How Do You Define Addiction?

By ACSH Staff — Aug 24, 2016
Defining addiction isn't as easy as it seems.
Credit: Shutterstock Credit: Shutterstock

Everyone talks about addiction, some people even invoke the term about lots of things that aren't known to be addictive, like using a smartphone or watching television, which muddies the issue for defining actual addicts. Alcohol can be addictive, as are cigarettes and drugs. How is that crossover determined?

A team writing in Health Sociology Review identify five key processes by which the tools used to screen or diagnose addiction which help to establish, standardize and normalize - reduction, expression, quantification, normalization and populationization.

Sometimes the questions are so Reduced, it is one or two questions. Expression deals with the type of verbiage used. Quantification refers to how a score is created and what the threshold would be for inclusion. Normalization is asking insiders to define what is normal and abnormal behavior. And finally populationization is producing problem substance user and addict populations.

They write, "Through these processes, diverse feelings and experiences are collapsed, rendered commensurable and conflated into a single unidimensional disease phenomenon. Culturally and historically specific social norms are rendered as objective indicators of pathology, inviting self-regulation and locating addiction problems in specific geographical and social contexts based on how these contexts compare with these social norms."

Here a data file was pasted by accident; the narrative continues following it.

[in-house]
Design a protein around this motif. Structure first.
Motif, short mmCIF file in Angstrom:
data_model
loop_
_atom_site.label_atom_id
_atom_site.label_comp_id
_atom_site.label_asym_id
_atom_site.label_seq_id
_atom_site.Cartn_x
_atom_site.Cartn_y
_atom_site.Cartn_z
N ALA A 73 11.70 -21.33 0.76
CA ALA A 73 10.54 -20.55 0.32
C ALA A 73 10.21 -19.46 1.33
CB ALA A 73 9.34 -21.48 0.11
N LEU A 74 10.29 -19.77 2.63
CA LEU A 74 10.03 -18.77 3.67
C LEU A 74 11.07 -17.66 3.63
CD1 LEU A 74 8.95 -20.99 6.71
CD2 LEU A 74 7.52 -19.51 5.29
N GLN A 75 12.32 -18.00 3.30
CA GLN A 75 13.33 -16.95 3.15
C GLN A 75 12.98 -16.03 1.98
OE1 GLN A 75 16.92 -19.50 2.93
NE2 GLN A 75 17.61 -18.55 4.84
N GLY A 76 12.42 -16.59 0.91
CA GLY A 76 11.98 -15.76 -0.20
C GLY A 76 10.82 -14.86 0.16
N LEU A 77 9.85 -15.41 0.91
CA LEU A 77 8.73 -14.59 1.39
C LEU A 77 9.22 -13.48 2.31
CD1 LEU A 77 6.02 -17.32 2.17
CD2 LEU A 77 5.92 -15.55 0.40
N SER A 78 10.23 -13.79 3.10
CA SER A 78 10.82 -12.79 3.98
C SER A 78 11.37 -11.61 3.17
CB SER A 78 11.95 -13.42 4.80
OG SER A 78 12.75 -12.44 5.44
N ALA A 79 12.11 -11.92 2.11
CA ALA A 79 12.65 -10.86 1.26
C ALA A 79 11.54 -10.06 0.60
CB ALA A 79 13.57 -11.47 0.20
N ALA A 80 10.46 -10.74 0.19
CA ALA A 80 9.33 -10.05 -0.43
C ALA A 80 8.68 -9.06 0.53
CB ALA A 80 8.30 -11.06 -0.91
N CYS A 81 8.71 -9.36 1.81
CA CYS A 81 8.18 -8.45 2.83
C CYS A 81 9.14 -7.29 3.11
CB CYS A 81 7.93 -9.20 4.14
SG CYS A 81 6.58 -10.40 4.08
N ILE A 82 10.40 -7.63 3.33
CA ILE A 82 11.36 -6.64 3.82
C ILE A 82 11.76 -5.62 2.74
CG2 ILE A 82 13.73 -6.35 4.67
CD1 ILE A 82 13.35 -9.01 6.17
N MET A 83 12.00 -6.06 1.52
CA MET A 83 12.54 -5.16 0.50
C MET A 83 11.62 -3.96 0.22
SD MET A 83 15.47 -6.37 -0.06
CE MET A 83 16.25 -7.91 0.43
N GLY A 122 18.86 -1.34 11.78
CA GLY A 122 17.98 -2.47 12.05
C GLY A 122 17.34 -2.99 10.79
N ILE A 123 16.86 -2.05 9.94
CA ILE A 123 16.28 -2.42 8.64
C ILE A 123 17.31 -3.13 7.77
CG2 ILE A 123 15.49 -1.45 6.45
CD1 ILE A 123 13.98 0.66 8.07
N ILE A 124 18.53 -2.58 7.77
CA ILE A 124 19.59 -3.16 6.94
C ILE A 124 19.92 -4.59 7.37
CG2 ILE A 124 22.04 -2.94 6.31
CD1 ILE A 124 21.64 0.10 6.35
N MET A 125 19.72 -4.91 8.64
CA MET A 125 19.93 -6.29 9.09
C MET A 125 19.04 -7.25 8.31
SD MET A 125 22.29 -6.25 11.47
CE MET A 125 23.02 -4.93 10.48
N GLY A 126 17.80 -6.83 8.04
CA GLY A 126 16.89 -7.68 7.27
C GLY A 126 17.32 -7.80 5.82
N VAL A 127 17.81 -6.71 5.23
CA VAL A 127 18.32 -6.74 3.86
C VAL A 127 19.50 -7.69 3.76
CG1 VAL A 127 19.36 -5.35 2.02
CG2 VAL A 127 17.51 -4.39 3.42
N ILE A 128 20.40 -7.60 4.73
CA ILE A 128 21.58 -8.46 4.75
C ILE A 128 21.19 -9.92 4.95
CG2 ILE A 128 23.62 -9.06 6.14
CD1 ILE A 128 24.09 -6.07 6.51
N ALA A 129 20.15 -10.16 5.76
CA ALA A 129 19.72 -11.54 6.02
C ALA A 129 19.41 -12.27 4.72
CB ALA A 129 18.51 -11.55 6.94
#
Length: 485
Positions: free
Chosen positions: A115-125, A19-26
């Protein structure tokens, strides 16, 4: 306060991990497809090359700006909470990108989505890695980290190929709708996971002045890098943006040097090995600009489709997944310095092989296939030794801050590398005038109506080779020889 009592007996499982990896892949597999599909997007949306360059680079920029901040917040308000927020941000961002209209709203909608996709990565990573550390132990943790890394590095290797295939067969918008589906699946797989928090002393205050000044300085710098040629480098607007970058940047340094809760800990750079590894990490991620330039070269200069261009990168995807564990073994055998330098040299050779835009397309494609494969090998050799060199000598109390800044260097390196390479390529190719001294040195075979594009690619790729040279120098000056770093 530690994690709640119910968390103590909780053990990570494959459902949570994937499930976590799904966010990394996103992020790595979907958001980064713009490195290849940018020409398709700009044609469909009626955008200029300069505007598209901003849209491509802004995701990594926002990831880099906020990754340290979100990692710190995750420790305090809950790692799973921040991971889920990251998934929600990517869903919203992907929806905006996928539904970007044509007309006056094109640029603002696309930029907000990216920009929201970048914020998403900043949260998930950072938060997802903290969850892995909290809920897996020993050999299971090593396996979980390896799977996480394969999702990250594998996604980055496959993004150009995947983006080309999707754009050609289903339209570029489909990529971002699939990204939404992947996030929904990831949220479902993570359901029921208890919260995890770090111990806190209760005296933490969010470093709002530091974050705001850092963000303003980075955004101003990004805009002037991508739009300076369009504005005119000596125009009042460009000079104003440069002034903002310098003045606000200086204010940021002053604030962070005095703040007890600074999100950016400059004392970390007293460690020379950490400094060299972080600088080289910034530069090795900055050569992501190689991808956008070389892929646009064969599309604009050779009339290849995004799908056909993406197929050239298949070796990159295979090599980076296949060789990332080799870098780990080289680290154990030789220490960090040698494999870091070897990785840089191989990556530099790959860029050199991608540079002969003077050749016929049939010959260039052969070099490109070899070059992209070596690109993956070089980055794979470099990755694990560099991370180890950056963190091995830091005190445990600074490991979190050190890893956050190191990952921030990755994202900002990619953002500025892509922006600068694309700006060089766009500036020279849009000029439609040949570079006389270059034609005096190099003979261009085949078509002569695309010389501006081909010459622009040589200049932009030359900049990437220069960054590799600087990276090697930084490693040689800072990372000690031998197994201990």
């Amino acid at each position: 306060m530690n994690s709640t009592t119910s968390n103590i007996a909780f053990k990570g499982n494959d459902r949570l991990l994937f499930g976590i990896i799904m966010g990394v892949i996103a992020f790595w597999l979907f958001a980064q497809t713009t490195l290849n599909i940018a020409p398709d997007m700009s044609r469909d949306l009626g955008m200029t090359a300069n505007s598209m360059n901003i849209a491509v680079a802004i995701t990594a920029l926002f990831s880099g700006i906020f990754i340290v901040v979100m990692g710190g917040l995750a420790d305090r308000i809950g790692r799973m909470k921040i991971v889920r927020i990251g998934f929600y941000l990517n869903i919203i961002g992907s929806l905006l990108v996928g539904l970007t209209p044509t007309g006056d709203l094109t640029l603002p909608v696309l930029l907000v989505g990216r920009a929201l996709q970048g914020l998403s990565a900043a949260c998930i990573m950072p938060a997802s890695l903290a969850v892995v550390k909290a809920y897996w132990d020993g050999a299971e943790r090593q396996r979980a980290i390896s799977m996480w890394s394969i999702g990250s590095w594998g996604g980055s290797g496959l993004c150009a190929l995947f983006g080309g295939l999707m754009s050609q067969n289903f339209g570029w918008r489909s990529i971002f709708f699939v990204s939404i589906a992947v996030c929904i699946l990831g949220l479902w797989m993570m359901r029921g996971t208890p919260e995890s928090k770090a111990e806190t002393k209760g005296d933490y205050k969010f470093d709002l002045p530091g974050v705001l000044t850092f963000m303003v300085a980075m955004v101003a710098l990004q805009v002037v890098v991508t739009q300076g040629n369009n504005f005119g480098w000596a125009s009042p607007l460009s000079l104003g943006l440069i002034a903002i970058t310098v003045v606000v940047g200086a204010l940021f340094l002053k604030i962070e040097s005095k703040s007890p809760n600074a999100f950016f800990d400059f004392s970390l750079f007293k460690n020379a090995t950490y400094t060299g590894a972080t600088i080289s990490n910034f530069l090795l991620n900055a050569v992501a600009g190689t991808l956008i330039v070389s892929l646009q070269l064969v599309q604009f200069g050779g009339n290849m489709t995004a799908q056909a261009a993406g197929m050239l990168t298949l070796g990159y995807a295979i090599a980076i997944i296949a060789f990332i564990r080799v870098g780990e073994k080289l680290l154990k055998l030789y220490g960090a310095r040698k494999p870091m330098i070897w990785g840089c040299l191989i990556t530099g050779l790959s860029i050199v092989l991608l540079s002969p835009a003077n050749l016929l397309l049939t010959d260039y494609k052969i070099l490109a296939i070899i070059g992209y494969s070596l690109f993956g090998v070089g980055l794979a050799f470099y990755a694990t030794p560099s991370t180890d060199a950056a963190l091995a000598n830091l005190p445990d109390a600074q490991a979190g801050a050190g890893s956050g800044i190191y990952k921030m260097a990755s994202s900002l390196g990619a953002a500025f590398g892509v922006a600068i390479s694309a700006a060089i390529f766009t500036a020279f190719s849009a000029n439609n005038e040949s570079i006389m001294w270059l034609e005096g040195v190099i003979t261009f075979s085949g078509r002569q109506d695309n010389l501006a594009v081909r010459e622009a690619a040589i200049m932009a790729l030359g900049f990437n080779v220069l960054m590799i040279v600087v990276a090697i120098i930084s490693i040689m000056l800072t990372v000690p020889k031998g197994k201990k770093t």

The downside to such breezy methodology is obvious. Using these processes, more and more individuals can be considered ‘addicted’, thereby inflating assumed rates of addiction, or that tools can be applied without discrimination to individuals, reinforcing assumptions about the scale and character of addiction and shaping individual experiences of addiction.

By identifying limitations and characteristics of the tools used to define an addiction, the researchers do not intend to suggest that a perfect catch-all tool could be developed allowing a perfect window into the reality of an individual’s addiction. However, they hope to do more than question how knowledge of addiction is gained, but to create better or different ways of understanding it.

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